The Kentucky State Police resent the implication about their organizational infrastructure.

I like how this comic came out the same day (in UTC+10) as I am studying Earth geometry including the IDL. Nice little coincidence. OmniDoom (talk) 03:46, 14 November 2023 (UTC)

Why's there a missing line of latitude? 05:47, 14 November 2023 (UTC)

That is actually a good question. Seems like an error. --Kynde (talk) 08:01, 14 November 2023 (UTC)
I would assume the lines that are shown are intended to be the equator, tropics, and arctic circle (antarctic being hidden out of view), being the most commonly known lines of latitude. 12:04, 14 November 2023 (UTC)
The latitude lines, the top one is obviously the Arctic Circle. The next goes through the northern part of Africa, making it the Equator. Next would be a Tropic. Where's the northern Tropic? (I always mix up Cancer and Capricorn, I want to go with Cancer). Missing line. NiceGuy1 (talk) 04:19, 19 November 2023 (UTC)
I think it's just the angle. If viewed from the side (instead of diagonally above as in the image), I think they would appear more equidistant. Or maybe they're based on a different projection entirely, that wouldn't be out of character for Randall either. 12:08, 14 November 2023 (UTC)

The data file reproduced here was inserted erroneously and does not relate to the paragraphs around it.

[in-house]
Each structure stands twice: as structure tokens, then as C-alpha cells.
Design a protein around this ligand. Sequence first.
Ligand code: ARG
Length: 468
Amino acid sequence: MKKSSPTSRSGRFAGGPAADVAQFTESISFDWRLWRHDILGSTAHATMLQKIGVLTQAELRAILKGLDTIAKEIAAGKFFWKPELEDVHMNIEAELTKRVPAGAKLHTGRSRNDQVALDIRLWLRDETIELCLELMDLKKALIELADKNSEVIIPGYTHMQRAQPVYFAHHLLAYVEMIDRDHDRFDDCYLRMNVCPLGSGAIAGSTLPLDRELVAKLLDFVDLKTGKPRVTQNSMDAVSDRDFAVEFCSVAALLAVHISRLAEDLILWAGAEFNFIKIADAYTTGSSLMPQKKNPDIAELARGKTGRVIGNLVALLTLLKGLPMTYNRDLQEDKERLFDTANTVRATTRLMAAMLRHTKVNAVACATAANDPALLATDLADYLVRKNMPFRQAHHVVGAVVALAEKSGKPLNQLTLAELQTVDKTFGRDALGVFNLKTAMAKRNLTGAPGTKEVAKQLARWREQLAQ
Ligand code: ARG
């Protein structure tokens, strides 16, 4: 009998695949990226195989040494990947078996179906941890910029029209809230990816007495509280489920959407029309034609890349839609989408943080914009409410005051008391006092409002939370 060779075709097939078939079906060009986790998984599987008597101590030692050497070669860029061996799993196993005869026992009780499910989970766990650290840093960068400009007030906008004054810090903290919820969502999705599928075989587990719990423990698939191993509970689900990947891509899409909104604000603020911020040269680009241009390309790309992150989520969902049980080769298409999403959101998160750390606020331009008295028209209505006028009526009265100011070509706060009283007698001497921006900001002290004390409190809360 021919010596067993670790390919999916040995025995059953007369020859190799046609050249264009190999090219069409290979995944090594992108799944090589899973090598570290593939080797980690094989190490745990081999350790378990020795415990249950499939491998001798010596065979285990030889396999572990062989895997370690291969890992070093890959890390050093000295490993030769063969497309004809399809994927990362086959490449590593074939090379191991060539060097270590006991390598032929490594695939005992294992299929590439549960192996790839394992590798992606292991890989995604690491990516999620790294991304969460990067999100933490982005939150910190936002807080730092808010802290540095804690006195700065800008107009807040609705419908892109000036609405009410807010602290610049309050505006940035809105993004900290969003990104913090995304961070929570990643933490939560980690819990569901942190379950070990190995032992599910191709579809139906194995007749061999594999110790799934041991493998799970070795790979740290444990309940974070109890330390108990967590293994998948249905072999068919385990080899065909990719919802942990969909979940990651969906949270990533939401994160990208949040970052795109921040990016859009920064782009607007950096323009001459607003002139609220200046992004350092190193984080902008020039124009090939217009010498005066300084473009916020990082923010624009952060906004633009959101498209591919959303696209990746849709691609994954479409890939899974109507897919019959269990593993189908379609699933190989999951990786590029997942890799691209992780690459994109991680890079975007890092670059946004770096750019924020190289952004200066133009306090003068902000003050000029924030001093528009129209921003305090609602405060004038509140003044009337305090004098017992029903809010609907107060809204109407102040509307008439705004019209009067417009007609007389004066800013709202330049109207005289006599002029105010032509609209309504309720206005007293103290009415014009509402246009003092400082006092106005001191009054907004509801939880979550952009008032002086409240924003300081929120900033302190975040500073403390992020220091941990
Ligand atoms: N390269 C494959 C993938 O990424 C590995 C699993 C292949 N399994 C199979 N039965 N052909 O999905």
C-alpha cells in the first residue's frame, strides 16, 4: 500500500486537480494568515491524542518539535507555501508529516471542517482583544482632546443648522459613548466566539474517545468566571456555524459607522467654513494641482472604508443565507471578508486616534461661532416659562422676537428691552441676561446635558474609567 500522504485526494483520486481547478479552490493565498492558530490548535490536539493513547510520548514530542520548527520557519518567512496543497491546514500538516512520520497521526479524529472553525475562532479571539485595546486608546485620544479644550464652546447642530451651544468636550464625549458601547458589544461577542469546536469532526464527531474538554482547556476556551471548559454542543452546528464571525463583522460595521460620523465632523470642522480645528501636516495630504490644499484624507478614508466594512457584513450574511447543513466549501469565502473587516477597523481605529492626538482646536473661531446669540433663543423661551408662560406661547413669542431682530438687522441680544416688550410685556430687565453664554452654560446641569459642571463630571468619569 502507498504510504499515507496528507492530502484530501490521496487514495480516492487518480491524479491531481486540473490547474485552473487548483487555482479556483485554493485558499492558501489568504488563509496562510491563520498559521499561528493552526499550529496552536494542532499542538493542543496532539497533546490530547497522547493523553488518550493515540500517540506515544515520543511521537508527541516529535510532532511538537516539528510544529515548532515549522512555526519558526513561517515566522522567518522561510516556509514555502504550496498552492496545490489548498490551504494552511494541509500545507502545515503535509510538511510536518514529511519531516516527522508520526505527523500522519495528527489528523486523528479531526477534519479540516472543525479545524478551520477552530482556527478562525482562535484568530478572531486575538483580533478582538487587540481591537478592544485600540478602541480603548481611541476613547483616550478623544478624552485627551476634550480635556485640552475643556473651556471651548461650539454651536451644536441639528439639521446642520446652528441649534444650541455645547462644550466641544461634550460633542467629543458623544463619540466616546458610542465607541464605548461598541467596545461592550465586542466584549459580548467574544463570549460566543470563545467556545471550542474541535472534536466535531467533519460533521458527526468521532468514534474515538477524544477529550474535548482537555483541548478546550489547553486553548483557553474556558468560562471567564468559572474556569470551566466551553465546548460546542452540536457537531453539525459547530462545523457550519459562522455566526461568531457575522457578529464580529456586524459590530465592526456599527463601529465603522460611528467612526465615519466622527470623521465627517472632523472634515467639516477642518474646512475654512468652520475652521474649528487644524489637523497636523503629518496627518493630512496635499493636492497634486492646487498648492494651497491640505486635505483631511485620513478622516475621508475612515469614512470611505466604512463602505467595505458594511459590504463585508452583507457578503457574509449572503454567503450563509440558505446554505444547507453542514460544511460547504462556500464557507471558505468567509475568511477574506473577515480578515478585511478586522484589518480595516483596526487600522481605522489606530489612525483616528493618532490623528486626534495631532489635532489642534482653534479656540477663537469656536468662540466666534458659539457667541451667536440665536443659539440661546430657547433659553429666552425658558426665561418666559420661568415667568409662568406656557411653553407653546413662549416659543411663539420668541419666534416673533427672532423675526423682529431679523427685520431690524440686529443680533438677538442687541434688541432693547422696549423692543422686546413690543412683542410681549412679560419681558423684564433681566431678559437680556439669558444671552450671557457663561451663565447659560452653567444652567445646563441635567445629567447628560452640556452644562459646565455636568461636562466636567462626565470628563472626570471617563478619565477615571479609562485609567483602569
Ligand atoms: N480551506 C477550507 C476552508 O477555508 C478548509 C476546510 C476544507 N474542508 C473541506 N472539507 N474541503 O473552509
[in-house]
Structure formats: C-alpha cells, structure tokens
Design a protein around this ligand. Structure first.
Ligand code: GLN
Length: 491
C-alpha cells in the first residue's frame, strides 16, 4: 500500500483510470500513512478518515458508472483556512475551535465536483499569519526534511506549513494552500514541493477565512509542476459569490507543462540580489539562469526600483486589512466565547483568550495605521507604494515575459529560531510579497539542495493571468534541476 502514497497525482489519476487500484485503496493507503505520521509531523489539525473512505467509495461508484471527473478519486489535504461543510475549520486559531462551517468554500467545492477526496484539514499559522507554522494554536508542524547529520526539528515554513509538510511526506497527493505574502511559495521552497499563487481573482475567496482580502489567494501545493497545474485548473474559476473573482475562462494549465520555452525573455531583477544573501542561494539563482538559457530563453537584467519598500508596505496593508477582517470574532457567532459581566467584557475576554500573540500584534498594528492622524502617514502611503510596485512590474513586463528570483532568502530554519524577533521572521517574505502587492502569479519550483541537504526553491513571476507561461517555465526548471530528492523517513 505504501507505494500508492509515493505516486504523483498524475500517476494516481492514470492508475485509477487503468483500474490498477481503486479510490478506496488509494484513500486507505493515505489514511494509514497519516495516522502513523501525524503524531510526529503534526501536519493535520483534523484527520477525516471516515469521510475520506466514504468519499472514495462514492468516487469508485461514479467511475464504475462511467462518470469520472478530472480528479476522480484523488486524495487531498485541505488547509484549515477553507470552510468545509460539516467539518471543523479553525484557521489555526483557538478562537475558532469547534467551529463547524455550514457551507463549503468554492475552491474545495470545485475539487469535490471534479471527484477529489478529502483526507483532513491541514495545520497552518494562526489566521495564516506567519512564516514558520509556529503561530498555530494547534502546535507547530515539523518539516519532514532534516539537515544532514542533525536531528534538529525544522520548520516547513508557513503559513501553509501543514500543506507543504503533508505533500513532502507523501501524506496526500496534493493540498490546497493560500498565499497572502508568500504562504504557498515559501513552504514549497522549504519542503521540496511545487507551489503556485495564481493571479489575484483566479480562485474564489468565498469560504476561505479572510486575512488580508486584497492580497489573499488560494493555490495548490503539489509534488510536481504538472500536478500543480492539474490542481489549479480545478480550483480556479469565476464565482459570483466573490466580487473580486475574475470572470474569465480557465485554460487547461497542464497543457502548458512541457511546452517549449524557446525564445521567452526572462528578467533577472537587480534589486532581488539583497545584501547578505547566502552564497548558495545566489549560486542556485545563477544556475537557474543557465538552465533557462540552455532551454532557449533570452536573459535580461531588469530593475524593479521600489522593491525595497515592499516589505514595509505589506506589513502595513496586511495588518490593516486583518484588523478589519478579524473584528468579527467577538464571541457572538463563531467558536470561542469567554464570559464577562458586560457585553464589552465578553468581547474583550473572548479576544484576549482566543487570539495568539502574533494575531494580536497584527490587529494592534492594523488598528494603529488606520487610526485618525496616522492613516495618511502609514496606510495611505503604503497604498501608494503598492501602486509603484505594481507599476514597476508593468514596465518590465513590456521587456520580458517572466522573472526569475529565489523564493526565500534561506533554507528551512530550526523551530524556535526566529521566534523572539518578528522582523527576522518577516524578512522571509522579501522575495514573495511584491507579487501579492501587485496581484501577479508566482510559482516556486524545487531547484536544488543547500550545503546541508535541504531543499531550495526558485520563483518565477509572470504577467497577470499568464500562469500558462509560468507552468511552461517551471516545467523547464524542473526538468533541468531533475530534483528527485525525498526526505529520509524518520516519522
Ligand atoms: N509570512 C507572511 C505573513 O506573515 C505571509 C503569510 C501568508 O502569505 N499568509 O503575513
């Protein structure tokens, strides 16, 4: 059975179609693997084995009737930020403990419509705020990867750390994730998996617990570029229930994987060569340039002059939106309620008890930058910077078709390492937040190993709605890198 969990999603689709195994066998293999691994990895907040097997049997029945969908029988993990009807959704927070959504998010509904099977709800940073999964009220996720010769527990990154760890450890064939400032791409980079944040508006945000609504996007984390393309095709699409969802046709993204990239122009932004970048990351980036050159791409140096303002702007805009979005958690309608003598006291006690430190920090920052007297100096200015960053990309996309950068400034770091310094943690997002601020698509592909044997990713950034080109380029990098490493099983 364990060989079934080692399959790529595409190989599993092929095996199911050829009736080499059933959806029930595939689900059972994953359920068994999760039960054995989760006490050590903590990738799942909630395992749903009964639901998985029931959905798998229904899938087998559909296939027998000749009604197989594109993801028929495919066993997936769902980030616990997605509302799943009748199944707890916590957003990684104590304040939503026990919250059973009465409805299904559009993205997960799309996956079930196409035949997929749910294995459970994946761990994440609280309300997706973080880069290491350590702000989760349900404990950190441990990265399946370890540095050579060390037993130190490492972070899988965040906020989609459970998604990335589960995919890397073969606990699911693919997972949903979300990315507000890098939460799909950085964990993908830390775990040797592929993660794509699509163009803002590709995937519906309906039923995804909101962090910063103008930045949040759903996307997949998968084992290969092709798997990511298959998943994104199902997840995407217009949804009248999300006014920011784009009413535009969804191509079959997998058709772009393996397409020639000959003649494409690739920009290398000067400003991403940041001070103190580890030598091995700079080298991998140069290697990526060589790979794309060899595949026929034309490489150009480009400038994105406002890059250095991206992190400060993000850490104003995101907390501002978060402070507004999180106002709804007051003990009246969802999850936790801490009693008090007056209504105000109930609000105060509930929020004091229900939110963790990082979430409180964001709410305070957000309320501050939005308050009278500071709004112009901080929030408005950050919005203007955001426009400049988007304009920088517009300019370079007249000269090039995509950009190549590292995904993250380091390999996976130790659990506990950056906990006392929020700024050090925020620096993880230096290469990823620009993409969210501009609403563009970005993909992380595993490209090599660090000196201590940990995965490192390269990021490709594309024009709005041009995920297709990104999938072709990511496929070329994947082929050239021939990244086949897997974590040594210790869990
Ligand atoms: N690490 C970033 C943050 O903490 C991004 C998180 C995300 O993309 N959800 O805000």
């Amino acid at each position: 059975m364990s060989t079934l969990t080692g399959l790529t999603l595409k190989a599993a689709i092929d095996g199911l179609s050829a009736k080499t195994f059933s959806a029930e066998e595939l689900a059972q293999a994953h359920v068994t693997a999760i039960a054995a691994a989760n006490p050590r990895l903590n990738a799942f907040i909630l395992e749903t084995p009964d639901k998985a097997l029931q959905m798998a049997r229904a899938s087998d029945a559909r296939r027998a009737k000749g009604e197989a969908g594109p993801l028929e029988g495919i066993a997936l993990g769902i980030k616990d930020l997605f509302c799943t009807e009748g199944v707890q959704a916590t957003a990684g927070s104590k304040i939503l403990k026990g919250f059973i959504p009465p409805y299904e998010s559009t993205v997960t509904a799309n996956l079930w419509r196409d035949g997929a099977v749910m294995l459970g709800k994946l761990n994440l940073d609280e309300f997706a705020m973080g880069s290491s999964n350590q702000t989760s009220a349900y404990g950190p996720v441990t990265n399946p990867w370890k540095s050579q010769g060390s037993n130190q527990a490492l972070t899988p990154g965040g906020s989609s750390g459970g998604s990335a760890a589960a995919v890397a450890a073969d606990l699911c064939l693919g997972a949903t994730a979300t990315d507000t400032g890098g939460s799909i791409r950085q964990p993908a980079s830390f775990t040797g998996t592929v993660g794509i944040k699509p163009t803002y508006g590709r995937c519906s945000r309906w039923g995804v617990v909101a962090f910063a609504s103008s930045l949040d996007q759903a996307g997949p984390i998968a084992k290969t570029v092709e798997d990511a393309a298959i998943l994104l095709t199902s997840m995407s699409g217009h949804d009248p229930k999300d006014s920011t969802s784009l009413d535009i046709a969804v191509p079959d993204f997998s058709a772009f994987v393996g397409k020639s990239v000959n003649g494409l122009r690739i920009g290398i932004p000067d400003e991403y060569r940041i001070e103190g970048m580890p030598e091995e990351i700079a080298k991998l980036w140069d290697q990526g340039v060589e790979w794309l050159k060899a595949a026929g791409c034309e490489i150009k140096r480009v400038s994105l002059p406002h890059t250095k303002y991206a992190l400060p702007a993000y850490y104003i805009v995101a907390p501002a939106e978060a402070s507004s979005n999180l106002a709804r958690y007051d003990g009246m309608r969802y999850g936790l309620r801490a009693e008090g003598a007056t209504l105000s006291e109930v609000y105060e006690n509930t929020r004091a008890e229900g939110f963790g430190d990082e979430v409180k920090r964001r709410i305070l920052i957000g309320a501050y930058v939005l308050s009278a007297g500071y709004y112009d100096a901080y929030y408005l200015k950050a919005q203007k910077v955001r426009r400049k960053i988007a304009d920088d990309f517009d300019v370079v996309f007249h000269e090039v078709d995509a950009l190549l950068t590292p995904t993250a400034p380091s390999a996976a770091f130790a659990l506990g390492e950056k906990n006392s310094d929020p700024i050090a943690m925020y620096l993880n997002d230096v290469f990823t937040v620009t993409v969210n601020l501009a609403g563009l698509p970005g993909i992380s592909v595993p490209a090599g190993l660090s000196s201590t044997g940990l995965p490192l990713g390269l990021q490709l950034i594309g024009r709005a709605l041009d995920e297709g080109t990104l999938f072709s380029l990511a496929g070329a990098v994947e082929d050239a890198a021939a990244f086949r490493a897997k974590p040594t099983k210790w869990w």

No, the northern Tropic is missing. After Arctic it shows the Equator, there should be a Tropic in between. NiceGuy1 (talk) 04:19, 19 November 2023 (UTC)
I'm not seeing the problem, I guess? The northern Tropic passes through northern Africa; that's not the equator. The equator passes through the *middle* of Africa (south of India, through Indonesia and the Philippines, etc.), so from the north pole the drawing does show the Arctic Circle, then the Tropic of Cancer, then the equator, then the Tropic of Capricorn way down at the bottom. https://en.wikipedia.org/wiki/Tropics#/media/File:World_map_indicating_tropics_and_subtropics.png -- ModelD (talk) 13:27, 21 November 2023 (please sign your comments with ~~~~)